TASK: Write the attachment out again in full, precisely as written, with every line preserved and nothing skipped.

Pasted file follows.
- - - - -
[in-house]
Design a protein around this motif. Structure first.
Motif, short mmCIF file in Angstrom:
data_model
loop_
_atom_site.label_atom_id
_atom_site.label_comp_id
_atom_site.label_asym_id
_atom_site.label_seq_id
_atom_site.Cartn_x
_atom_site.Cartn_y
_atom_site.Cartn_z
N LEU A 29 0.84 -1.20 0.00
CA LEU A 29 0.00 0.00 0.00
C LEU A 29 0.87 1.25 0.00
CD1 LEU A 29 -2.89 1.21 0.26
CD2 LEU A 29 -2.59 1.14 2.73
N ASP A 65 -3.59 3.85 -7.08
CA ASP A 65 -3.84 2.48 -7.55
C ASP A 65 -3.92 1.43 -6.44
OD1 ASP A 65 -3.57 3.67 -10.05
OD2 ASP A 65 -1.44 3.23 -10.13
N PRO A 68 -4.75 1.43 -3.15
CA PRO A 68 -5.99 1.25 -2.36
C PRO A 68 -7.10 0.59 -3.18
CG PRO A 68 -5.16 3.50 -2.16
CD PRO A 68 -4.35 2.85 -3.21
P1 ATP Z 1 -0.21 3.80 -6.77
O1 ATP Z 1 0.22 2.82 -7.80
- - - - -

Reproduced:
[in-house]
Design a protein around this motif. Structure first.
Motif, short mmCIF file in Angstrom:
data_model
loop_
_atom_site.label_atom_id
_atom_site.label_comp_id
_atom_site.label_asym_id
_atom_site.label_seq_id
_atom_site.Cartn_x
_atom_site.Cartn_y
_atom_site.Cartn_z
N LEU A 29 0.84 -1.20 0.00
CA LEU A 29 0.00 0.00 0.00
C LEU A 29 0.87 1.25 0.00
CD1 LEU A 29 -2.89 1.21 0.26
CD2 LEU A 29 -2.59 1.14 2.73
N ASP A 65 -3.59 3.85 -7.08
CA ASP A 65 -3.84 2.48 -7.55
C ASP A 65 -3.92 1.43 -6.44
OD1 ASP A 65 -3.57 3.67 -10.05
OD2 ASP A 65 -1.44 3.23 -10.13
N PRO A 68 -4.75 1.43 -3.15
CA PRO A 68 -5.99 1.25 -2.36
C PRO A 68 -7.10 0.59 -3.18
CG PRO A 68 -5.16 3.50 -2.16
CD PRO A 68 -4.35 2.85 -3.21
P1 ATP Z 1 -0.21 3.80 -6.77
O1 ATP Z 1 0.22 2.82 -7.80